The entire session—the first for the state’s new Republican supermajority—was marked by dysfunction and feuding, and the last day was no different. House Speaker Beth Harwell’s signature bill of the year—her proposal to create a state charter school authorizer—went down in a petty quarrel with Senate speaker Ron Ramsey.
The Senate refused even to consider her bill after the House overwhelmingly voted down Ramsey’s judicial redistricting plan.
Nearly 1,500 bills were introduced this session, and the list of noteworthy new laws is remarkably short.
Gov. Bill Haslam’s only real accomplishment was overhauling the workers’ compensation law. He said he was streamlining the system to make Tennessee more business friendly. But according to critics, he rigged it in favor of businesses and against employees injured on the job.
Haslam punted the most important decision he probably ever will have to make—whether to expand Medicaid under the Affordable Care Act. In bowing to the demands of his party’s right wing, he turned his back on billions of dollars in federal cash that could have created tens of thousands of jobs in the health care industry, and he risked the financial solvency of hospitals across the state.
The governor insisted he was driving a hard bargain with the Obama administration, holding out for more flexibility in Medicaid rules to bring “real health care reform” to Tennessee. But Democrats said he was tap-dancing for time—dodging responsibility out of fear of arousing the wrath of the tea party wing of his party.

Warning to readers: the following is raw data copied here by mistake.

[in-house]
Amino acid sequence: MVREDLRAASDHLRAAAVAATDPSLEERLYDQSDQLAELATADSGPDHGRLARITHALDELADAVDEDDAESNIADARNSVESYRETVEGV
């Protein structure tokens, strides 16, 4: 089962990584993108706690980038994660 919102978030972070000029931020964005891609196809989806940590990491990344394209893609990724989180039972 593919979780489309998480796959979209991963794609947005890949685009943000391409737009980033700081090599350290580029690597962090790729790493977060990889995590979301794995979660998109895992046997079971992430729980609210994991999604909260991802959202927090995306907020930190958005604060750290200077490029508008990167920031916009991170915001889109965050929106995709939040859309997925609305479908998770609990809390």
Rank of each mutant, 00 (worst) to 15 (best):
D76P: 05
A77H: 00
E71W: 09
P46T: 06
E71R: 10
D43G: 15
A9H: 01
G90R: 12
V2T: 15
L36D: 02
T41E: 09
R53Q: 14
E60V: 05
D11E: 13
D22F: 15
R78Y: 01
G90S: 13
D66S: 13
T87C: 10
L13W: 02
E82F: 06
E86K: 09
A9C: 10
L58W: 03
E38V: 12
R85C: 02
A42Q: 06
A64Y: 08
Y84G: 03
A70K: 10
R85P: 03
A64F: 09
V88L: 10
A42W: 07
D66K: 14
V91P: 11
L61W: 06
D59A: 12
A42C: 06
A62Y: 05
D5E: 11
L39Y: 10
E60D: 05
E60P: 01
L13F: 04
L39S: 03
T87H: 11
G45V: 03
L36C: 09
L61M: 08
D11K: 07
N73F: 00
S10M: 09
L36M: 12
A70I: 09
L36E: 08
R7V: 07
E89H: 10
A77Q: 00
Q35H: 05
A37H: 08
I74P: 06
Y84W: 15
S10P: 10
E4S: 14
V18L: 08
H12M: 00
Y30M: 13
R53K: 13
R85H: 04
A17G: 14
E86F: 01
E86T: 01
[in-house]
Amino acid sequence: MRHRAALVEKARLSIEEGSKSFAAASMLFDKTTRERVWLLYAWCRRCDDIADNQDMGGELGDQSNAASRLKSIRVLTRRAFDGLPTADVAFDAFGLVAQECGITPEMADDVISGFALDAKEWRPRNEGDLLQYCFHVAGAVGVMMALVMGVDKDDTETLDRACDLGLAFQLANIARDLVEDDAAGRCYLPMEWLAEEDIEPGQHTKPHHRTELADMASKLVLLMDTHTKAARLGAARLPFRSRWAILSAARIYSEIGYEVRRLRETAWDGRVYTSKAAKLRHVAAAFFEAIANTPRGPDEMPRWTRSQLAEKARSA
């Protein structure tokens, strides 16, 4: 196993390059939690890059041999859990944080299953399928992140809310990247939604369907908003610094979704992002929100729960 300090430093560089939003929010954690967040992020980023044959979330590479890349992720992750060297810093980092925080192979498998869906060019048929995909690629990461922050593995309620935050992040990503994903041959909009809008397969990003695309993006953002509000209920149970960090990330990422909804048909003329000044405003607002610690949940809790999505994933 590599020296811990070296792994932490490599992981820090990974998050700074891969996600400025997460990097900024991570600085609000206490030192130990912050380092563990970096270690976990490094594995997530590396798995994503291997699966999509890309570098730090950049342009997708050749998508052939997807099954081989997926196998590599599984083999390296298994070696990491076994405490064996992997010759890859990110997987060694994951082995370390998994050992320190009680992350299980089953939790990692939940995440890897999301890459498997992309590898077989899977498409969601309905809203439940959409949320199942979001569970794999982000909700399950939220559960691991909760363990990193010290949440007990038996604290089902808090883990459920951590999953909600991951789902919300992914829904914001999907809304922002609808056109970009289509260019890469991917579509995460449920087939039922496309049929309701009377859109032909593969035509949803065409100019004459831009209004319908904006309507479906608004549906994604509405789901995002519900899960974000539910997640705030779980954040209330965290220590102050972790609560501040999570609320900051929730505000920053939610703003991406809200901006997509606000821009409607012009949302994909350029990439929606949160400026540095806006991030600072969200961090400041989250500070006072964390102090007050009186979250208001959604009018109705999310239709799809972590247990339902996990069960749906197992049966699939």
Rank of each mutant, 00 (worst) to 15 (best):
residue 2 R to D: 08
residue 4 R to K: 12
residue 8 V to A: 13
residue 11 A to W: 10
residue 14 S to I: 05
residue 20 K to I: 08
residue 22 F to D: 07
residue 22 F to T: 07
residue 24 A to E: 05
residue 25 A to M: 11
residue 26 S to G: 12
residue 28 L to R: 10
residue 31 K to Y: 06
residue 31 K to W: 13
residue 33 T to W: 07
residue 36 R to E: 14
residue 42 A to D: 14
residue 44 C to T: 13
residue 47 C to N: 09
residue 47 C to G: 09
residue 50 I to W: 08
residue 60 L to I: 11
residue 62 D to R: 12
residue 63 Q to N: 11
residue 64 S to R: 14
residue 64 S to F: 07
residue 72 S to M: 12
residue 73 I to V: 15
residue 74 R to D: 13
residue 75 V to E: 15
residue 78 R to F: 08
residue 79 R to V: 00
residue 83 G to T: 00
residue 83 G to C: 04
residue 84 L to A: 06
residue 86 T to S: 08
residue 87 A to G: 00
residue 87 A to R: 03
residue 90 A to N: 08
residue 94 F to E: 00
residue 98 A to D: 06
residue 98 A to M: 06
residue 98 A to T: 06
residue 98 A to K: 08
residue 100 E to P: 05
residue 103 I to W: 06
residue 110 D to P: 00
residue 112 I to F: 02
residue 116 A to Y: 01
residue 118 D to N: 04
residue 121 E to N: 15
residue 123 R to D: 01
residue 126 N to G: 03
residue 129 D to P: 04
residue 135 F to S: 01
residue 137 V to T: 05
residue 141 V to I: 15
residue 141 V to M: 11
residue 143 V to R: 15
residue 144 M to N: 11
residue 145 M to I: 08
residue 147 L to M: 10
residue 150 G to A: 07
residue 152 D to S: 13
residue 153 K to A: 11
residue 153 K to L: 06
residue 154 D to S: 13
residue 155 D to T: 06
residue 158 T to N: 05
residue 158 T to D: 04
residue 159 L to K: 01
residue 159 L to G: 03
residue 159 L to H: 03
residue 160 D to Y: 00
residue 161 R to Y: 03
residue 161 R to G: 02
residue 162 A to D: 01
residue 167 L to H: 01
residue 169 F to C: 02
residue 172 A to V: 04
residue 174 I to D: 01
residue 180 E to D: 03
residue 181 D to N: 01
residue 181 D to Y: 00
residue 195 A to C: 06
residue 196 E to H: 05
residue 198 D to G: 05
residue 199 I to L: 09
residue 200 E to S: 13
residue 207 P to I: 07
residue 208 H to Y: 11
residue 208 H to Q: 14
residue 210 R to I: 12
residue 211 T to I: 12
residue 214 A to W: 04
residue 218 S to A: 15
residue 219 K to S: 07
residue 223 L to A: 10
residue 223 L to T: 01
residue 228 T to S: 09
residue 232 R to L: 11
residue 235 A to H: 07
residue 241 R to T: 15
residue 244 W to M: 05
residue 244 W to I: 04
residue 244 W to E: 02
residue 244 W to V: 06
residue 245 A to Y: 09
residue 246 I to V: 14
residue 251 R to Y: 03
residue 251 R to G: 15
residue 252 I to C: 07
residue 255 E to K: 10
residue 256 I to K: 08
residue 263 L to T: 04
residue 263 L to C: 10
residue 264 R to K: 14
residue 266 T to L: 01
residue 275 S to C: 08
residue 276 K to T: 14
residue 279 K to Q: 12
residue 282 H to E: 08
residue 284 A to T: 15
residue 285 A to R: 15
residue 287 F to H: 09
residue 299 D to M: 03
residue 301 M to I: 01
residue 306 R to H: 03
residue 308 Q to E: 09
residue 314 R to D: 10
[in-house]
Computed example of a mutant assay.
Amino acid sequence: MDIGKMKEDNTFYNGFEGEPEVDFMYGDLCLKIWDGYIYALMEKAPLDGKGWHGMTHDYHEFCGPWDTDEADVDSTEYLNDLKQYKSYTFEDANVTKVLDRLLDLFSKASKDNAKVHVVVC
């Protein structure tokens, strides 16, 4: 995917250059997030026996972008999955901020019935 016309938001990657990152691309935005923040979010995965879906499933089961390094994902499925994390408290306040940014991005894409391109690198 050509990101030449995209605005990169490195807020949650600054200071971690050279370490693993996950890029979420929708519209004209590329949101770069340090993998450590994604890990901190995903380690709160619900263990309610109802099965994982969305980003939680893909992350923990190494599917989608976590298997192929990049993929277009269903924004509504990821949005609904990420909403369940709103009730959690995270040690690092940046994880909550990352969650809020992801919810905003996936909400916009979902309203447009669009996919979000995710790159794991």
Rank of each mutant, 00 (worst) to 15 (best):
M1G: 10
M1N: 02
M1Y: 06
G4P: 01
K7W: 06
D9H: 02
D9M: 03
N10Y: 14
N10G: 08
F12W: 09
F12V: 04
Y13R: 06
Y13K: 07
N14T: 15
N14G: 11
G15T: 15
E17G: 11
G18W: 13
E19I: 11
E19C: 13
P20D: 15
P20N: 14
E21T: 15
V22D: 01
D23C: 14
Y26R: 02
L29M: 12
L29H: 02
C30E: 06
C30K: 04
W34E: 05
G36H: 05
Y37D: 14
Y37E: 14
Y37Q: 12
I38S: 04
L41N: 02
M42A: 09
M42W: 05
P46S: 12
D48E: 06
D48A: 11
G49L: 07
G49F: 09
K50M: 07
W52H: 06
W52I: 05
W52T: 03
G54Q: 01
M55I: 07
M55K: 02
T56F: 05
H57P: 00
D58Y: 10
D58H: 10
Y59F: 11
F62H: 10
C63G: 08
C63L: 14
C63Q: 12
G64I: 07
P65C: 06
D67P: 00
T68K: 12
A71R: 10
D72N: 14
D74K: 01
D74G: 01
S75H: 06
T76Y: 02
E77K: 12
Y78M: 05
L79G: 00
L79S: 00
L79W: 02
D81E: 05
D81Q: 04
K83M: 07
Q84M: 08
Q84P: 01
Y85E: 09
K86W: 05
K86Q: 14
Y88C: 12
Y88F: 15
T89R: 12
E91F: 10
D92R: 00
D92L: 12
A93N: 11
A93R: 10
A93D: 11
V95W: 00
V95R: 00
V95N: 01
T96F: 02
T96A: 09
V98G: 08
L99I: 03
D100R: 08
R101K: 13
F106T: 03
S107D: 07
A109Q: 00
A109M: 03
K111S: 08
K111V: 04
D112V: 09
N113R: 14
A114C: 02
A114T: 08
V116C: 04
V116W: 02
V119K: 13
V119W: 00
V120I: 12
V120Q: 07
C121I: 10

Haslam also was forced to yank his school voucher bill rather than watch helplessly as right wingers expanded his program to cover most children in the state. He wanted to limit it to low-income kids in failing schools.
Also on the list of failed bills was the popular measure to legalize the sale of wine in supermarkets.
The session’s most notorious bills made Tennessee a national laughingstock, but nearly all of them died. Those included two from Sen. Stacey Campfield: His new “Don’t Say Gay” bill featuring a tattletale provision forcing school counselors to out gay students to their parents, and his “Starve Our Children” proposal to cut welfare benefits to the families of kids who screw up in school.
Republicans did patch up relations with the NRA by ramming through the guns-in-cars law. That was Priority No. 1 for this session since the NRA ousted the House’s No. 3 Republican, Debra Maggart, in the last election over her opposition to that bill, and no one wanted to become the next Maggart. That new law, passed despite business resistance, lets handgun carry permit owners keep their firearms in their cars just about anywhere they go.
In defending this session this week as lawmakers debated the last of their bills, the governor damned it with faint praise.
“We think some good legislation passed,” he said. “I don’t think the measure of a good session necessarily is how many bills passed. We think some significant things happened. I certainly wouldn’t call it a waste of time.”